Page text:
Research engagement for Australia: measuring research engagement between universities and end users pilot study

Research economic aspects Higher education Research Research engagement Research impact Information resources management Australia
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Realising the benefits of Australia’s world-class research system requires translation of its outputs into economic and societal benefits. The effective translation of research will be at the core of Australia’s future competitiveness and prosperity.

In mid-2014 a group of ATSE Fellows, concerned by the recently published data which showed that Australia was ranking bottom of the OECD when it came to collaboration between public and private sector researchers, set up a working party to develop a metric which would measure collaboration between university researchers, industry and other end users of their research. The group was alarmed by reports that the Excellence in Research Australia (ERA) exercise, while very desirable in its own right, was having the unintended effect of discouraging university- researcher collaboration with industry and other end users. The ATSE proposal was to use the income received from industry and other research end users to support research collaboration plus commercialisation income as the basis for an engagement metric. The proposal was welcomed in university, industry and government circles.

While there had been a number of previous proposals in Australia to use case studies as the basis on which research impact is measured, these proposals had not progressed because of the high cost associated with such exercises, difficulties around the attribution of impact, and the fact that such measures are a lagging indicator of university performance. Research engagement is a necessary condition for impact, and the ATSE engagement metric is a forward proxy for impact. The metric also aligns well with the measure used by the OECD.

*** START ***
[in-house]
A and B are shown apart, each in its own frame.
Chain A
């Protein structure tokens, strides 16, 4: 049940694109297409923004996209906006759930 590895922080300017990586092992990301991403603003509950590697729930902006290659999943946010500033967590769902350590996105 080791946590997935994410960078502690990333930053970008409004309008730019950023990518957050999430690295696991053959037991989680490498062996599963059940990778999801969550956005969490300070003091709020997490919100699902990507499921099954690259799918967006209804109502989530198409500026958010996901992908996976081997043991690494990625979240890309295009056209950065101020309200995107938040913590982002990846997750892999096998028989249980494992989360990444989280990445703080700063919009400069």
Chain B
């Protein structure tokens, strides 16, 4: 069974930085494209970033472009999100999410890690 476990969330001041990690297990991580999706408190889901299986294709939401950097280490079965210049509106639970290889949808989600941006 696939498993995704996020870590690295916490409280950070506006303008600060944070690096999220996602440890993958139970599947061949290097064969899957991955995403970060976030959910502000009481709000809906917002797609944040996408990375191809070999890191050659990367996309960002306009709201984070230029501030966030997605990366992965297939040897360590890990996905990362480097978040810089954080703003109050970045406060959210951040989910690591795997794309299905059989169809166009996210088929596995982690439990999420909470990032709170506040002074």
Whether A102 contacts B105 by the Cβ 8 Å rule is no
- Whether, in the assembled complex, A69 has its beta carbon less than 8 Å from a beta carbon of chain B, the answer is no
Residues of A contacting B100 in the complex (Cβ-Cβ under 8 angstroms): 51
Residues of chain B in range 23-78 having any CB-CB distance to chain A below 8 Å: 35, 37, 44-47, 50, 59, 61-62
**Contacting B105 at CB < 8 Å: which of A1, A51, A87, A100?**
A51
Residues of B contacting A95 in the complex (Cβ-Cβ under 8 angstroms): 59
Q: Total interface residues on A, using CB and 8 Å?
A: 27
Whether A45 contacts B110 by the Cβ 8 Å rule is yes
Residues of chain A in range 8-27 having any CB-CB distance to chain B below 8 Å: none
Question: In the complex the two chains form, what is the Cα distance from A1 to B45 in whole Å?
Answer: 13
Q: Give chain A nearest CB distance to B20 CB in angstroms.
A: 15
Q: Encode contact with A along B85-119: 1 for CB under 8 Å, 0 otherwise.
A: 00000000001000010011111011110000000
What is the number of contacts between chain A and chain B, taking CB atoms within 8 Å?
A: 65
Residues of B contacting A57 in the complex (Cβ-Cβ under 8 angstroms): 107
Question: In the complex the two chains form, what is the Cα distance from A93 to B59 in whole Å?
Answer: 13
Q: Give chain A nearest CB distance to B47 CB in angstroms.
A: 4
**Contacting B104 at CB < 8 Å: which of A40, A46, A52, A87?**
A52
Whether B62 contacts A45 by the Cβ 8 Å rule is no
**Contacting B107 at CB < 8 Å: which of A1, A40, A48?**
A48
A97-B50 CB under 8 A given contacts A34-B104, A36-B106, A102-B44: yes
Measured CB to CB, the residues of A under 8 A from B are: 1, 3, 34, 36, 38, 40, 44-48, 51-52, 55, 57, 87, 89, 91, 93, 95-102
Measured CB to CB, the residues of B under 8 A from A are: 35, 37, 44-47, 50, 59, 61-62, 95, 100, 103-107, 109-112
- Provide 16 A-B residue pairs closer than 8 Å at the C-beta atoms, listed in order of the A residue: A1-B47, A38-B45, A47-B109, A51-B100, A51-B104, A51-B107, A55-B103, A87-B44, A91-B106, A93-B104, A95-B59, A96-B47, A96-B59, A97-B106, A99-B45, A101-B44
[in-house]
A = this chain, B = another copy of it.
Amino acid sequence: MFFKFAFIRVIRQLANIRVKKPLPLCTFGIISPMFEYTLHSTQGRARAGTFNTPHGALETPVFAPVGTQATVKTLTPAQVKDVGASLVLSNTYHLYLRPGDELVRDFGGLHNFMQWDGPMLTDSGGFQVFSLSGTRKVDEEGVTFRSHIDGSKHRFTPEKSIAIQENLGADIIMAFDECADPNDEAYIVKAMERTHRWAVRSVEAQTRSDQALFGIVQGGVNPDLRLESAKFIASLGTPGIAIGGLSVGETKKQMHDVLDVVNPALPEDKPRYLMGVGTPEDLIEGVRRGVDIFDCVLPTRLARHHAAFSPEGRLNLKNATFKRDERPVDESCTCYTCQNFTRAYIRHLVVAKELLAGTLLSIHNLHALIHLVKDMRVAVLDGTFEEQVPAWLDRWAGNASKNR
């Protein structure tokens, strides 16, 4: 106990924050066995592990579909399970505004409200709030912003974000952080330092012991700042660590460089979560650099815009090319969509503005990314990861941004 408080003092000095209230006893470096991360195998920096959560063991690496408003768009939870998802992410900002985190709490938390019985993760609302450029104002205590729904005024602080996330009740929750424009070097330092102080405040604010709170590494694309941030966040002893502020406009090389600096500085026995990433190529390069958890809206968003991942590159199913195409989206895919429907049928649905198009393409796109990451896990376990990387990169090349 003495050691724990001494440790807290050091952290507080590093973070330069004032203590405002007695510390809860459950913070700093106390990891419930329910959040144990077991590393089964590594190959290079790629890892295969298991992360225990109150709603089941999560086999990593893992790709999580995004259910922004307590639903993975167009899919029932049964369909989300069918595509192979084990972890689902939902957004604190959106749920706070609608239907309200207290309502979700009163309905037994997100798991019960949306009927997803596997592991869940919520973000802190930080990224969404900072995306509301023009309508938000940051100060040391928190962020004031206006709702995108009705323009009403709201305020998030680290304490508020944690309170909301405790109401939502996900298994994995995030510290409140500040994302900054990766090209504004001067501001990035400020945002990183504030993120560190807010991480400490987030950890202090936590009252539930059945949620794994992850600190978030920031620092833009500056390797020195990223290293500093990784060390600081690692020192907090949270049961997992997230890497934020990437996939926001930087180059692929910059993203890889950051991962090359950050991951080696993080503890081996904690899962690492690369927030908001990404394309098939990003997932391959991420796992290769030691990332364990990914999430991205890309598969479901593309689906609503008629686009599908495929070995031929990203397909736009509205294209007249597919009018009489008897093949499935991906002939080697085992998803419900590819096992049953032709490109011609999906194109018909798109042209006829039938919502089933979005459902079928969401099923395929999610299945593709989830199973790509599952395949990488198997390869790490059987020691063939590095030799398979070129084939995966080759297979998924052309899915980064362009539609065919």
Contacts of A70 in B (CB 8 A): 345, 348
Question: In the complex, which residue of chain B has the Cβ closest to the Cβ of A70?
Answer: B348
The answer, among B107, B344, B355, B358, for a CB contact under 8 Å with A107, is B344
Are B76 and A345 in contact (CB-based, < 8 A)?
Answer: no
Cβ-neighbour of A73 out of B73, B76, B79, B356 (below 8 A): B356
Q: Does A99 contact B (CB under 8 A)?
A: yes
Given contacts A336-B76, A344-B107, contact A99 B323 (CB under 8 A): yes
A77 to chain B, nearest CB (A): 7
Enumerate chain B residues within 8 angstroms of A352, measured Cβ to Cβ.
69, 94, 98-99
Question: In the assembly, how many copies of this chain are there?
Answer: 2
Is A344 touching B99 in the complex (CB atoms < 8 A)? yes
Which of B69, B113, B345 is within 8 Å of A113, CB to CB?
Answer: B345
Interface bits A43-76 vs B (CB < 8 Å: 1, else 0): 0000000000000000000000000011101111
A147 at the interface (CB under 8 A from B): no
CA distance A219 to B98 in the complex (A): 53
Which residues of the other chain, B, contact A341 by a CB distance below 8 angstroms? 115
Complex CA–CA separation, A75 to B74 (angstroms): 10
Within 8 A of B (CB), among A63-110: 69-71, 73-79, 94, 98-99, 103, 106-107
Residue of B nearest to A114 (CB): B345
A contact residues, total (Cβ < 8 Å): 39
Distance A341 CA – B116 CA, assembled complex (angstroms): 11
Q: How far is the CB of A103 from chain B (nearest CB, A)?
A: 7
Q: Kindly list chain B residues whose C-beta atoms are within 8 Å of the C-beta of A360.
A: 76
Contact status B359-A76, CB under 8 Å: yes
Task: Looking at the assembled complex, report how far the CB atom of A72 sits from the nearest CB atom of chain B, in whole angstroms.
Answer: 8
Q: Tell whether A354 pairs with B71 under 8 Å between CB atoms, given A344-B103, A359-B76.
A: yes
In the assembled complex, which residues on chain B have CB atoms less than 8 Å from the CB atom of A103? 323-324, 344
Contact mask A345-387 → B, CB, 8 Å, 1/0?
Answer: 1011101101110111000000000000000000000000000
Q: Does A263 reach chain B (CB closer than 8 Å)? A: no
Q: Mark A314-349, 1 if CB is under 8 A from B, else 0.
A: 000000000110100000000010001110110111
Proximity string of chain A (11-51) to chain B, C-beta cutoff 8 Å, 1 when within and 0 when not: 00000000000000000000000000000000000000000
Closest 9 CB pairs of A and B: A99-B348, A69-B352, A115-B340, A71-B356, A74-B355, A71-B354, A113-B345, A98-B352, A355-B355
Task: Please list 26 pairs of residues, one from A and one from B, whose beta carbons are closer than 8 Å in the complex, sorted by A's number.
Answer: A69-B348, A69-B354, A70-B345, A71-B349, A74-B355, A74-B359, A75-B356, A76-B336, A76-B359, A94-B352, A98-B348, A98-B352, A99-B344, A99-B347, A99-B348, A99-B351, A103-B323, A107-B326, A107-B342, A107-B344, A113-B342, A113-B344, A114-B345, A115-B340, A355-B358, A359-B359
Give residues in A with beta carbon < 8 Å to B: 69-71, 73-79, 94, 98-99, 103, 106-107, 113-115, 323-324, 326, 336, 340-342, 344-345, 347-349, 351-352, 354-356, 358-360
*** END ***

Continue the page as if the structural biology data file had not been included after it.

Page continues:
From the outset, it was felt that it was very important that any metric developed had to be applicable and useful for the humanities, arts and social sciences (HASS) as well as science, technology, engineering and mathematics (STEM) fields. Accordingly, the steering committee membership for this project was expanded to include representatives of the four Learned Academies (Humanities, Social Sciences, Science, and Technology and Engineering), the Australian Research Council (ARC), senior researchers from the HASS, STEM and medical and health sciences (MHS) fields, and senior representatives of the key Commonwealth Departments (Education & Training and Industry, Innovation & Science). The Steering Committee met on two occasions face to face, three times by teleconference, and regularly electronically to comment on draft material. The project was named ‘Research Engagement for Australia’ (REA)

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